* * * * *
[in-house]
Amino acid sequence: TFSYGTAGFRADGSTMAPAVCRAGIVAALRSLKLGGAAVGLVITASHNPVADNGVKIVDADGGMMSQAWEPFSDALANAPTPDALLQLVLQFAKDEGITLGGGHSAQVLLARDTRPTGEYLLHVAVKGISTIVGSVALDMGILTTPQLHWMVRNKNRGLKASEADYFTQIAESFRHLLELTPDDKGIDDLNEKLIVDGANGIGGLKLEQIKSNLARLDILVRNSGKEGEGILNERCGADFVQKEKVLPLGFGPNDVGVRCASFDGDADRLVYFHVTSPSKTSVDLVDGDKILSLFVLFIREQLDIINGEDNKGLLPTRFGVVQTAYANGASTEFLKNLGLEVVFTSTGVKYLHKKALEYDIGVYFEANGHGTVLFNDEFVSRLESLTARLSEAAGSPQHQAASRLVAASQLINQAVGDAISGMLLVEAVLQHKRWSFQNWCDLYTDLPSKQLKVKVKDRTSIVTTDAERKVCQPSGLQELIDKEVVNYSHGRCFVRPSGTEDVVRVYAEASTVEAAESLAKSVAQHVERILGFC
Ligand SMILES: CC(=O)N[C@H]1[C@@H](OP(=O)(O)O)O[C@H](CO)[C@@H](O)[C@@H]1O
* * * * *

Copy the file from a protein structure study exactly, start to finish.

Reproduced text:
[in-house]
Amino acid sequence: TFSYGTAGFRADGSTMAPAVCRAGIVAALRSLKLGGAAVGLVITASHNPVADNGVKIVDADGGMMSQAWEPFSDALANAPTPDALLQLVLQFAKDEGITLGGGHSAQVLLARDTRPTGEYLLHVAVKGISTIVGSVALDMGILTTPQLHWMVRNKNRGLKASEADYFTQIAESFRHLLELTPDDKGIDDLNEKLIVDGANGIGGLKLEQIKSNLARLDILVRNSGKEGEGILNERCGADFVQKEKVLPLGFGPNDVGVRCASFDGDADRLVYFHVTSPSKTSVDLVDGDKILSLFVLFIREQLDIINGEDNKGLLPTRFGVVQTAYANGASTEFLKNLGLEVVFTSTGVKYLHKKALEYDIGVYFEANGHGTVLFNDEFVSRLESLTARLSEAAGSPQHQAASRLVAASQLINQAVGDAISGMLLVEAVLQHKRWSFQNWCDLYTDLPSKQLKVKVKDRTSIVTTDAERKVCQPSGLQELIDKEVVNYSHGRCFVRPSGTEDVVRVYAEASTVEAAESLAKSVAQHVERILGFC
Ligand SMILES: CC(=O)N[C@H]1[C@@H](OP(=O)(O)O)O[C@H](CO)[C@@H](O)[C@@H]1O